1. Remove 1 disk of dough from refrigerator and roll out on generously floured (up to 1/4 cup) work surface to 12-inch circle, about 1/8 inch thick. Roll dough loosely around rolling pin and unroll into pie plate, leaving at least 1-inch overhang on each side. Working around circumference, ease dough into plate by gently lifting edge of dough with one hand while pressing into plate bottom with other hand. Leave dough that overhangs plate in place; refrigerate while preparing filling until dough is firm, about 30 minutes.
2. For The Filling: Adjust oven rack to lowest position, place rimmed baking sheet on oven rack, and heat oven to 400 degrees. Place 3 cups berries in medium saucepan and set over medium heat. Using potato masher, mash berries several times to release juices. Continue to cook, stirring frequently and mashing occasionally, until about half of berries have broken down and mixture is thickened and reduced to 1 1/2 cups, about 8 minutes. Let cool slightly.
3. Place grated apple in clean kitchen towel and wring dry. Transfer apple to large bowl. Add cooked berries, remaining 3 cups uncooked berries, lemon zest, juice, sugar, tapioca, and salt; toss to combine. Transfer mixture to dough-lined pie plate and scatter butter pieces over filling.
4. Roll out second disk of dough on generously floured (up to 1/4 cup) work surface to 11-inch circle, about 1/8 inch thick. Using 1 1/4-inch round biscuit cutter, cut round from center of dough. Cut another 6 rounds from dough, 1 1/2 inches from edge of center hole and equally spaced around center hole. Roll dough loosely around rolling pin and unroll over pie, leaving at least 1/2-inch overhang on each side.
5. Using kitchen shears, trim bottom layer of overhanging dough, leaving 1/2-inch overhang. Fold dough under itself so that edge of fold is flush with outer rim of pie plate. Flute edges using thumb and forefinger or press with tines of fork to seal. Brush top and edges of pie with egg mixture. If dough is very soft, chill in freezer for 10 minutes.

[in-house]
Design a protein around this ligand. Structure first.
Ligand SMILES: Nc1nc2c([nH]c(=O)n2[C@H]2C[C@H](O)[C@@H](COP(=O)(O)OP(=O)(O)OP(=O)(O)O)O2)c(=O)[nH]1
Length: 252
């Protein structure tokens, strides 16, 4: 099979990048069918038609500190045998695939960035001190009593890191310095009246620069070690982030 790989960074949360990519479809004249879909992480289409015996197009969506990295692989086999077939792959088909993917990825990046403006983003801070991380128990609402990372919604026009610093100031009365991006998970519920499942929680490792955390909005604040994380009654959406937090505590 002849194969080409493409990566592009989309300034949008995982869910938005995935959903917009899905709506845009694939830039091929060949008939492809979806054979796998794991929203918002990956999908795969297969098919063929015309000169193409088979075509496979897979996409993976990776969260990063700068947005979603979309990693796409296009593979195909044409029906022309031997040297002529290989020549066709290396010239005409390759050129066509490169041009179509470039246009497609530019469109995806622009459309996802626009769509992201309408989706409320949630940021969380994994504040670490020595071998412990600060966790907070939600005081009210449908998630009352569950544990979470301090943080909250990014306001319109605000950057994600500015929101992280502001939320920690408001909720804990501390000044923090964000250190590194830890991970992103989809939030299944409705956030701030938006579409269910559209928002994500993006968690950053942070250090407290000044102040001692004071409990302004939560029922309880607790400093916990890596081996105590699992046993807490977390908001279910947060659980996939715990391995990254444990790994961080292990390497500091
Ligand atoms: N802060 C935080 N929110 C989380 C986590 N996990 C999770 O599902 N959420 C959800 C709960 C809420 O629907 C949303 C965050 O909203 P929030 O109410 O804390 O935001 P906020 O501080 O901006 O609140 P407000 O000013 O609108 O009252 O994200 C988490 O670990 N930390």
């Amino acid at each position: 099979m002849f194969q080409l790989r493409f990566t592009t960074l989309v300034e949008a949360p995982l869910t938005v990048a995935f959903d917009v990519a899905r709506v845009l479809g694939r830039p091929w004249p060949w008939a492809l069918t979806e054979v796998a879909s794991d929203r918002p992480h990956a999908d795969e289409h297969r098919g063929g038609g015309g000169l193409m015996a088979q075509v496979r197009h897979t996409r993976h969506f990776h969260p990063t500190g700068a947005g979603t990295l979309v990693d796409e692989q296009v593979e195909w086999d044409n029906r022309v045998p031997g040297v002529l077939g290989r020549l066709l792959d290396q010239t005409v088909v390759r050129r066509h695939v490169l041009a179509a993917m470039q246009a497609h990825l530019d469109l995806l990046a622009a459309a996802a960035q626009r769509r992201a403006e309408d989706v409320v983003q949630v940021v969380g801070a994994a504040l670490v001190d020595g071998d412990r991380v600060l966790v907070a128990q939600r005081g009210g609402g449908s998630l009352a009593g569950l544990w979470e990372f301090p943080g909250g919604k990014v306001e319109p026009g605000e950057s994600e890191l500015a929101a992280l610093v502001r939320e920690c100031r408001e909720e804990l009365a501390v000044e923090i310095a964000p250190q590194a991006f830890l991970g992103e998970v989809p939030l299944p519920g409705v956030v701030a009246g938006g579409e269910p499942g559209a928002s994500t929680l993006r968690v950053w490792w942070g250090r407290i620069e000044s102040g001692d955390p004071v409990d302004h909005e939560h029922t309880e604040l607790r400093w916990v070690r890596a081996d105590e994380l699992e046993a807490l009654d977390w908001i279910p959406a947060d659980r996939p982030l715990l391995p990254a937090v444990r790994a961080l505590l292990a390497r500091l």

6. Place pie on heated baking sheet and bake 30 minutes. Reduce oven temperature to 350 degrees and continue to bake until juices bubble and crust is deep golden brown, 30 to 40 minutes longer. Transfer pie to wire rack; cool to room temperature, at least 4 hours. Cut into wedges and serve.


Cinnamon Rolls

Posted in baking, food, home cooking at 1:51 am by wingerz


For the past eighteen months I’ve had to make do with quite a small kitchen. It’s got a tiny dishwasher, a small fridge, a basic stove, and not a ton of counter space. A lot of our favorite appliances (even the stand mixer) get hidden away in closets or cabinets when they aren’t in use. It’s a far cry from the granite countertops and island in our old condo. But it’s most definitely been serviceable, and I’ve learned to be more efficient with my space and dish usage.

Sunday dinners have been the highlight of the week thanks to the year-long farmer’s market (as opposed to the June-October one in Somerville). One completely new skill that I’ve picked up over the past year is baking – from bread to fruit desserts to pastries. To celebrate our last weekend here I made four dozen cinnamon rolls today. I’m just now realizing that my upstairs neighbors probably hate me for running the oven all last summer too.

This recipe is from the ATK Family Baking Book. It’s actually a pretty easy recipe; the stand mixer and yeast do most of the work for you. Mine deserves a break after running non-stop for about an hour.